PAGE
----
RETIRED BC DENTIST AND SON INDICTED FOR TRAFFICKING IN COUNTERFEIT VIAGRA AND CIALIS
Drugs Shipped to Blaine Post Office, Allegedly Distributed in Vancouver Club Scene
JAMES PETER ARMSTRONG, 59, of Richmond, B.C. Canada, and his son, GREGORY JAMES ARMSTRONG, 28, also of Richmond, B.C., were indicted this week by a grand jury in Seattle for trafficking in counterfeit goods and selling and dispensing counterfeit drugs with the intent to mislead or defraud. JAMES ARMSTRONG is a retired dentist and was a member of the Canadian Paralympic curling team. The men are scheduled for arraignment on May 6, 2010.
According to the records filed in the case, on April 7, 2010, Customs and Border Protection (CBP) agents in Los Angeles intercepted a package that had been sent from China containing what appeared to be counterfeit erectile dysfunction drugs Viagra and Cialis. The package was addressed to a mail box in Blaine, Washington near the Canada/ U.S. border. An agent with the Food and Drug Administration Office of Criminal Investigations contacted the makers of both drugs and determined that the packaging and markings on the pills indicated they are counterfeit. The drugs are being further analyzed to determine what they contain. The mail box had been leased by JAMES ARMSTRONG’s late wife, and the package was addressed to her. Interviews with the operators of the mail box store revealed that JAMES ANDERSON came in once a week to pick up packages.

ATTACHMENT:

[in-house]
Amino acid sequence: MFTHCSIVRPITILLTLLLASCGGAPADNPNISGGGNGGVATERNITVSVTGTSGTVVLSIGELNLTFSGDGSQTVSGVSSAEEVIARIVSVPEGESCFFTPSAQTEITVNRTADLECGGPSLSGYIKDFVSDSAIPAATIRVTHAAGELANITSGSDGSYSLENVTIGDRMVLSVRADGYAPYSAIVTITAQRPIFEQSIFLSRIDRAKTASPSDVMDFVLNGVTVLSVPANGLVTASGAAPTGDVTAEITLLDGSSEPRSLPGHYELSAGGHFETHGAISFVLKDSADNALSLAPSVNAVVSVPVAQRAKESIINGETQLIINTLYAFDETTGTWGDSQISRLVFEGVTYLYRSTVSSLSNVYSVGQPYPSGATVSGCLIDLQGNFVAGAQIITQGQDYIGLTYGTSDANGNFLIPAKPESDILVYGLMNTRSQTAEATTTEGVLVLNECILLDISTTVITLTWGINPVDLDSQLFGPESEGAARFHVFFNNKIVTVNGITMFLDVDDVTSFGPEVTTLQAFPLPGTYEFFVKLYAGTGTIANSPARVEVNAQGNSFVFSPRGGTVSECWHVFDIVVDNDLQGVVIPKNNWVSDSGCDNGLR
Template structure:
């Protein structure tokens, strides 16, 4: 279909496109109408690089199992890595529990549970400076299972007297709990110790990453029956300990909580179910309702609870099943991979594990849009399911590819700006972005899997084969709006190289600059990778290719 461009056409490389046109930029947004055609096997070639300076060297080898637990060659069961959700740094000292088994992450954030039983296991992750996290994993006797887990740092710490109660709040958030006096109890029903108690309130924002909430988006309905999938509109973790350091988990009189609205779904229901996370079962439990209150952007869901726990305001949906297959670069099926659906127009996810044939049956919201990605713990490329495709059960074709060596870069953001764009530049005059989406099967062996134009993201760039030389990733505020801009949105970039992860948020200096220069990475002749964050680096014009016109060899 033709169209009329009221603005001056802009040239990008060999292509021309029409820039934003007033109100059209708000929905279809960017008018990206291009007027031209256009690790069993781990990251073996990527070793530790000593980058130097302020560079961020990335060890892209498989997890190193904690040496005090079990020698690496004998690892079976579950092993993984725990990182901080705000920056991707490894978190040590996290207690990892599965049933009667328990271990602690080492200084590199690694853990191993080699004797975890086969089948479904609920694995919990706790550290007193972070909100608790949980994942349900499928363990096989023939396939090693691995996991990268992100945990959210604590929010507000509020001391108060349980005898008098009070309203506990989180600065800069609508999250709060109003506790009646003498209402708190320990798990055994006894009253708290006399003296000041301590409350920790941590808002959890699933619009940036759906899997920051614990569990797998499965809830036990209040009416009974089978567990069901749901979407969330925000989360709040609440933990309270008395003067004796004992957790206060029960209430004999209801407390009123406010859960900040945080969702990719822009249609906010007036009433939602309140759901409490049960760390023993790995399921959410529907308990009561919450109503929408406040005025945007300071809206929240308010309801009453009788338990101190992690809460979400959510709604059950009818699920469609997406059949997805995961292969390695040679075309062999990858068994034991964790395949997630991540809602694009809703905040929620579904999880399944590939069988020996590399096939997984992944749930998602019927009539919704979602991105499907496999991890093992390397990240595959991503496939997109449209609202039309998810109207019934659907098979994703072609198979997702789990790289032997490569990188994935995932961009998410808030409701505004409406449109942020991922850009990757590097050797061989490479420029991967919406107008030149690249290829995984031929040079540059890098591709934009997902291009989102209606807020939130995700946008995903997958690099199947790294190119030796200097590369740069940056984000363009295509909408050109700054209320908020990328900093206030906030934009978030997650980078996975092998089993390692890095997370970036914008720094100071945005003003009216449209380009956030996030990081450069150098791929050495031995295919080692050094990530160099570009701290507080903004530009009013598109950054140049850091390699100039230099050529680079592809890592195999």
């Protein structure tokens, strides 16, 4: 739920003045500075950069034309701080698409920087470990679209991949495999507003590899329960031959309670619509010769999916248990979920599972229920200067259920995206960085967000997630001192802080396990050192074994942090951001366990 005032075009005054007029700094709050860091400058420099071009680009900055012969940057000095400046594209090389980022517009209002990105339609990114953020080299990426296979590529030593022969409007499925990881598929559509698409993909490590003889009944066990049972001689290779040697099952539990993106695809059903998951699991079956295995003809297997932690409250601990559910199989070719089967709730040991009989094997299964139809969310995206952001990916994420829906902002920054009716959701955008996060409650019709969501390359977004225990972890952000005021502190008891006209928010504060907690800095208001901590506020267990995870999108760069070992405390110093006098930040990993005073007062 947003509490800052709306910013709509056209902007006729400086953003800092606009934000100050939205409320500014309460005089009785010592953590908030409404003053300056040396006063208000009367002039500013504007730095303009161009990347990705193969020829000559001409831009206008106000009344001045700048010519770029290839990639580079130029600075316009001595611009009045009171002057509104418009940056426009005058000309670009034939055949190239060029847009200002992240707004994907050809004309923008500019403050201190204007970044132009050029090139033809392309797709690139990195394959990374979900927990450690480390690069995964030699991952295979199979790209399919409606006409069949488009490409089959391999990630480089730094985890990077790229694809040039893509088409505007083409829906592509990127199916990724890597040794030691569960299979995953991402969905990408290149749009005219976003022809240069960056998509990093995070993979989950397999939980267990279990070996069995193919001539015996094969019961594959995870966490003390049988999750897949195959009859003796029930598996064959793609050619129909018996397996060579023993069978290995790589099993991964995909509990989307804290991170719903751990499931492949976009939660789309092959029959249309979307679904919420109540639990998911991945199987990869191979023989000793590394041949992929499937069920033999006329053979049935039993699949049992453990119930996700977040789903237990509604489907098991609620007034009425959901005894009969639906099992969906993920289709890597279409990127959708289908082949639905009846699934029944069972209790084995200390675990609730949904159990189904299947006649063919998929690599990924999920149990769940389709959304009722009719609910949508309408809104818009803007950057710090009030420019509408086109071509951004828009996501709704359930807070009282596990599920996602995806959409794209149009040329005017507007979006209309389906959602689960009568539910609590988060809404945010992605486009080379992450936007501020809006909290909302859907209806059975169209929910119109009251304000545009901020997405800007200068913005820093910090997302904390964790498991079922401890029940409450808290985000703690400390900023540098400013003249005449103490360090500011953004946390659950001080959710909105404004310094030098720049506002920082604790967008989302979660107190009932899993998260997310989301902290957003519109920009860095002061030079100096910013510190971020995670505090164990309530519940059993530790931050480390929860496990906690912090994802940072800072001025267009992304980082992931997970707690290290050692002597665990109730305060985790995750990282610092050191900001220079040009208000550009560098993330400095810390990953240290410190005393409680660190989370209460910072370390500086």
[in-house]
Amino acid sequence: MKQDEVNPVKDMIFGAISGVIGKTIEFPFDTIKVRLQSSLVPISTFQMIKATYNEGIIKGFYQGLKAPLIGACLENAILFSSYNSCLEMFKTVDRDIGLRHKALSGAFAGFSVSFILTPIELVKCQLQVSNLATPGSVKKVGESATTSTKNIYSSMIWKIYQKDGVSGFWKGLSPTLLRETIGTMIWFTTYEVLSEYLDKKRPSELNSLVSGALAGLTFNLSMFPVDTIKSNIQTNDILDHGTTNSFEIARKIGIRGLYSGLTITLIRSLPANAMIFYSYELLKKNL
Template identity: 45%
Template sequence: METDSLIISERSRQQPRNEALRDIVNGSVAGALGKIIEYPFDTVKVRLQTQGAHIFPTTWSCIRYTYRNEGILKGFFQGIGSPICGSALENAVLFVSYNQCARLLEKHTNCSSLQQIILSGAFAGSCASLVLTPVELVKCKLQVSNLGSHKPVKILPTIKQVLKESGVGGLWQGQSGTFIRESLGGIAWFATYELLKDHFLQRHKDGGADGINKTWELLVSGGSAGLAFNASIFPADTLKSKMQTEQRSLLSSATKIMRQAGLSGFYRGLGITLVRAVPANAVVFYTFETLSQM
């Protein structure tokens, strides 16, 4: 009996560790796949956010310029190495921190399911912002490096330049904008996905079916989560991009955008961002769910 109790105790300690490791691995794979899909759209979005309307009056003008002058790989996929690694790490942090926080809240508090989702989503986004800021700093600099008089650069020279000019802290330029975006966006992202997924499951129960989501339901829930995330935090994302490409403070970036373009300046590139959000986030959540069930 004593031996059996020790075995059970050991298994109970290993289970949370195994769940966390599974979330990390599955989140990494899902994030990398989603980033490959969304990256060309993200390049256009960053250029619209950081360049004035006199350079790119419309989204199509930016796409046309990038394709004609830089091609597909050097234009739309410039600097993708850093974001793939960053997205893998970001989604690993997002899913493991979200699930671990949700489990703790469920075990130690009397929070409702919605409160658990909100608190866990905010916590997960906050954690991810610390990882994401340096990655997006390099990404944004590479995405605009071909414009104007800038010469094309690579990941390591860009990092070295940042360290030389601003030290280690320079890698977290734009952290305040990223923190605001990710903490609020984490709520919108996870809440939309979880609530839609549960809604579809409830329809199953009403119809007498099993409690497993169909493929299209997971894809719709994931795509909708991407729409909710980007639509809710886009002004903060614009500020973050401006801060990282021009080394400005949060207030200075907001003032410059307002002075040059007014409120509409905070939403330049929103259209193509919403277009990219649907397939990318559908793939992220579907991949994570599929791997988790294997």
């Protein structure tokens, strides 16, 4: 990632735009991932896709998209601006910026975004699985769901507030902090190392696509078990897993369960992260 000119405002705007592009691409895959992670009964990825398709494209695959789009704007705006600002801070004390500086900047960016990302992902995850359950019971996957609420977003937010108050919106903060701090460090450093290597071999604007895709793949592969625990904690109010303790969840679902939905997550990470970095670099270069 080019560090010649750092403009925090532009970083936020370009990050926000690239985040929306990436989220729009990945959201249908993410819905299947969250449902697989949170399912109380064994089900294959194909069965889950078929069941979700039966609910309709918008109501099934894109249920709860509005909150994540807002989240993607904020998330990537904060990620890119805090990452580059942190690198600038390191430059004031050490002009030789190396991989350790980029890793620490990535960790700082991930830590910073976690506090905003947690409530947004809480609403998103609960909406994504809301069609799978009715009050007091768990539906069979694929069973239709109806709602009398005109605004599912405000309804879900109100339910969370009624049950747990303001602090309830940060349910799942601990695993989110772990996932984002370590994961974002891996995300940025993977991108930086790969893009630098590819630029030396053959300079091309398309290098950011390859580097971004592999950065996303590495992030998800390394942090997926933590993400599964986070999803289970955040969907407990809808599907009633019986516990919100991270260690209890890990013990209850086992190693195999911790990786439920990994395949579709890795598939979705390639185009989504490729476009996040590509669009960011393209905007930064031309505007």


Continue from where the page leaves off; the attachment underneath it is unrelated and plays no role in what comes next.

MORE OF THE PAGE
On April 15, 2010, ARMSTRONG was arrested outside the mail box store. He had picked up the package and examined the contents before leaving the store. Investigators allege some of the drugs were distributed by GREGORY JAMES ARMSTRONG at various nightclubs in the Vancouver, B.C. area.
The charges contained in the indictment are only allegations. A person is presumed innocent unless and until he or she is proven guilty beyond a reasonable doubt in a court of law.
The charges are punishable by up to ten years in prison and a $2 million fine.
The U.S. Food and Drug Administration reminds consumers that the use of counterfeit drugs, particularly counterfeit drugs that are classified by the FDA as prescription drugs in the United States, can pose a risk of illness, injury or death to consumers. There is no FDA oversight over the manufacture, storage, shipment, sale or use of counterfeit drugs. The manner in which these drugs are made, the ingredients contained therein, and the manner in which the drugs are stored and shipped is unknown. As a result, the FDA cannot guarantee the safety and effectiveness of these drug products.
The case is being investigated by the Food and Drug Administration Criminal Investigations, the U.S. Postal Inspection Service (USPIS) and Customs and Border Protection (CBP).
The case is being prosecuted by Assistant United States Attorney Patricia Lally.
For additional information please contact Emily Langlie, Public Affairs Officer for the United States Attorney’s Office, at (206) 553-4110 or Emily.Langlie@USDOJ.Gov.